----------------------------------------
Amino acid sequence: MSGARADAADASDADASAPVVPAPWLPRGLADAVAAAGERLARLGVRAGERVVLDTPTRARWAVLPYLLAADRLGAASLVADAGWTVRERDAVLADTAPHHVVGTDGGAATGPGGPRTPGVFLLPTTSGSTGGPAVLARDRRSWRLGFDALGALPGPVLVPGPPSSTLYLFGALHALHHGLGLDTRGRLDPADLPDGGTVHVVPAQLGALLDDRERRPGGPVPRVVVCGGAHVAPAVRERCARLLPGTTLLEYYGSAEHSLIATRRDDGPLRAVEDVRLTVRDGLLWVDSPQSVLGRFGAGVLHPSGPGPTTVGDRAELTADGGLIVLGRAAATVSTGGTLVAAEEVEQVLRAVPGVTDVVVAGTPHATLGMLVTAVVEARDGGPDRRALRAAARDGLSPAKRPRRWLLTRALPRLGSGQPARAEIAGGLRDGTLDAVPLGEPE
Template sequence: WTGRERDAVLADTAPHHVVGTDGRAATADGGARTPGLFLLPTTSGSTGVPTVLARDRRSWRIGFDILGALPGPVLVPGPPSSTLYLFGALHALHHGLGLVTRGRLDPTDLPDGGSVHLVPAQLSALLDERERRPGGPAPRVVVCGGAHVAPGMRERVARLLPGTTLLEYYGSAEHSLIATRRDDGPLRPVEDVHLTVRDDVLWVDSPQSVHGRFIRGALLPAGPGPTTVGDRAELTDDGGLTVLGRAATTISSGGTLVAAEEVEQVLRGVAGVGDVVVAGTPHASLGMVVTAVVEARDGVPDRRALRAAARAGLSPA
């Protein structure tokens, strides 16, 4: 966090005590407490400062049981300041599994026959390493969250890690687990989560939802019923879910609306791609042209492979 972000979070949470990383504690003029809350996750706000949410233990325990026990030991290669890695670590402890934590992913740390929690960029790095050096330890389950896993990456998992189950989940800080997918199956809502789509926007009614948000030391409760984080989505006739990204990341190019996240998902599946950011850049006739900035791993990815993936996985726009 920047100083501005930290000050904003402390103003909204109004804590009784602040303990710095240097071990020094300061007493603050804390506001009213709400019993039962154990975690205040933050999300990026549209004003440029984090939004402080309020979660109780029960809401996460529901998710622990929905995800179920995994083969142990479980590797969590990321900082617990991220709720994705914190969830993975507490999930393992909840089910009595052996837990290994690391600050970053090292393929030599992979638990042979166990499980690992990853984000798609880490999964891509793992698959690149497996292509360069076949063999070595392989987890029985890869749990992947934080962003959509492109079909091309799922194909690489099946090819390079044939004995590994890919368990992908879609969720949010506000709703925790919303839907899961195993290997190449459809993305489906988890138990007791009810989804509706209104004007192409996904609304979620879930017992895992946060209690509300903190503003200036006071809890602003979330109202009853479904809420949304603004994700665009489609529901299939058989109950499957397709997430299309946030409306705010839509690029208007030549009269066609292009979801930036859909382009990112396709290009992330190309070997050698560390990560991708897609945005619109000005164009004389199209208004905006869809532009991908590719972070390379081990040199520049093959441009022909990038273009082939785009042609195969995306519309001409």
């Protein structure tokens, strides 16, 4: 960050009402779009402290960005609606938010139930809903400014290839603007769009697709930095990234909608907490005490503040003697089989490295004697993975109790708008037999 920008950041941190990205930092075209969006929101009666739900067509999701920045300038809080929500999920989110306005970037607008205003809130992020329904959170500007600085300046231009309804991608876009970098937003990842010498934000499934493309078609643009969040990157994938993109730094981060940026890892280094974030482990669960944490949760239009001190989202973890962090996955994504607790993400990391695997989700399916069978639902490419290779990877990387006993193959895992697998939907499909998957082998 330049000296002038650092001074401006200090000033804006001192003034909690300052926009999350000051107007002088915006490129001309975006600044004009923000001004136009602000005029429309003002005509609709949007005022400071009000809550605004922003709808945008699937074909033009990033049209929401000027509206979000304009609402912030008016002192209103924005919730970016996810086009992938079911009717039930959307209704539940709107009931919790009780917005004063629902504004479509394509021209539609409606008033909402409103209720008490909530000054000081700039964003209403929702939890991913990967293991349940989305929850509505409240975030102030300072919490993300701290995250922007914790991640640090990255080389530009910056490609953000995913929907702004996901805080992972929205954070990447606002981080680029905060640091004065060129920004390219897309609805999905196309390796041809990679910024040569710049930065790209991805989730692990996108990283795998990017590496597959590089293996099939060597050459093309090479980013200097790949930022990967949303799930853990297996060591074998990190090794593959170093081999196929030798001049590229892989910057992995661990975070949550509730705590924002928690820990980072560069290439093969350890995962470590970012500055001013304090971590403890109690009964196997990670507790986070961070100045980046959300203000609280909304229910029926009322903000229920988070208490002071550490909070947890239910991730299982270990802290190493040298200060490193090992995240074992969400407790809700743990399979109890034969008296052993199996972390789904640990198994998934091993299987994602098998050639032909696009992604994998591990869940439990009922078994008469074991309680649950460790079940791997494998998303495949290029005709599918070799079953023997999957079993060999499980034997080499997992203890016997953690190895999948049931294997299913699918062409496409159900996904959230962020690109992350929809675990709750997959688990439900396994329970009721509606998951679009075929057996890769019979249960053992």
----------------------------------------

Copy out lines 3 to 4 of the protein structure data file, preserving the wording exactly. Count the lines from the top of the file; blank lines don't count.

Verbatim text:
């Protein structure tokens, strides 16, 4: 966090005590407490400062049981300041599994026959390493969250890690687990989560939802019923879910609306791609042209492979 972000979070949470990383504690003029809350996750706000949410233990325990026990030991290669890695670590402890934590992913740390929690960029790095050096330890389950896993990456998992189950989940800080997918199956809502789509926007009614948000030391409760984080989505006739990204990341190019996240998902599946950011850049006739900035791993990815993936996985726009 920047100083501005930290000050904003402390103003909204109004804590009784602040303990710095240097071990020094300061007493603050804390506001009213709400019993039962154990975690205040933050999300990026549209004003440029984090939004402080309020979660109780029960809401996460529901998710622990929905995800179920995994083969142990479980590797969590990321900082617990991220709720994705914190969830993975507490999930393992909840089910009595052996837990290994690391600050970053090292393929030599992979638990042979166990499980690992990853984000798609880490999964891509793992698959690149497996292509360069076949063999070595392989987890029985890869749990992947934080962003959509492109079909091309799922194909690489099946090819390079044939004995590994890919368990992908879609969720949010506000709703925790919303839907899961195993290997190449459809993305489906988890138990007791009810989804509706209104004007192409996904609304979620879930017992895992946060209690509300903190503003200036006071809890602003979330109202009853479904809420949304603004994700665009489609529901299939058989109950499957397709997430299309946030409306705010839509690029208007030549009269066609292009979801930036859909382009990112396709290009992330190309070997050698560390990560991708897609945005619109000005164009004389199209208004905006869809532009991908590719972070390379081990040199520049093959441009022909990038273009082939785009042609195969995306519309001409």
């Protein structure tokens, strides 16, 4: 960050009402779009402290960005609606938010139930809903400014290839603007769009697709930095990234909608907490005490503040003697089989490295004697993975109790708008037999 920008950041941190990205930092075209969006929101009666739900067509999701920045300038809080929500999920989110306005970037607008205003809130992020329904959170500007600085300046231009309804991608876009970098937003990842010498934000499934493309078609643009969040990157994938993109730094981060940026890892280094974030482990669960944490949760239009001190989202973890962090996955994504607790993400990391695997989700399916069978639902490419290779990877990387006993193959895992697998939907499909998957082998 330049000296002038650092001074401006200090000033804006001192003034909690300052926009999350000051107007002088915006490129001309975006600044004009923000001004136009602000005029429309003002005509609709949007005022400071009000809550605004922003709808945008699937074909033009990033049209929401000027509206979000304009609402912030008016002192209103924005919730970016996810086009992938079911009717039930959307209704539940709107009931919790009780917005004063629902504004479509394509021209539609409606008033909402409103209720008490909530000054000081700039964003209403929702939890991913990967293991349940989305929850509505409240975030102030300072919490993300701290995250922007914790991640640090990255080389530009910056490609953000995913929907702004996901805080992972929205954070990447606002981080680029905060640091004065060129920004390219897309609805999905196309390796041809990679910024040569710049930065790209991805989730692990996108990283795998990017590496597959590089293996099939060597050459093309090479980013200097790949930022990967949303799930853990297996060591074998990190090794593959170093081999196929030798001049590229892989910057992995661990975070949550509730705590924002928690820990980072560069290439093969350890995962470590970012500055001013304090971590403890109690009964196997990670507790986070961070100045980046959300203000609280909304229910029926009322903000229920988070208490002071550490909070947890239910991730299982270990802290190493040298200060490193090992995240074992969400407790809700743990399979109890034969008296052993199996972390789904640990198994998934091993299987994602098998050639032909696009992604994998591990869940439990009922078994008469074991309680649950460790079940791997494998998303495949290029005709599918070799079953023997999957079993060999499980034997080499997992203890016997953690190895999948049931294997299913699918062409496409159900996904959230962020690109992350929809675990709750997959688990439900396994329970009721509606998951679009075929057996890769019979249960053992």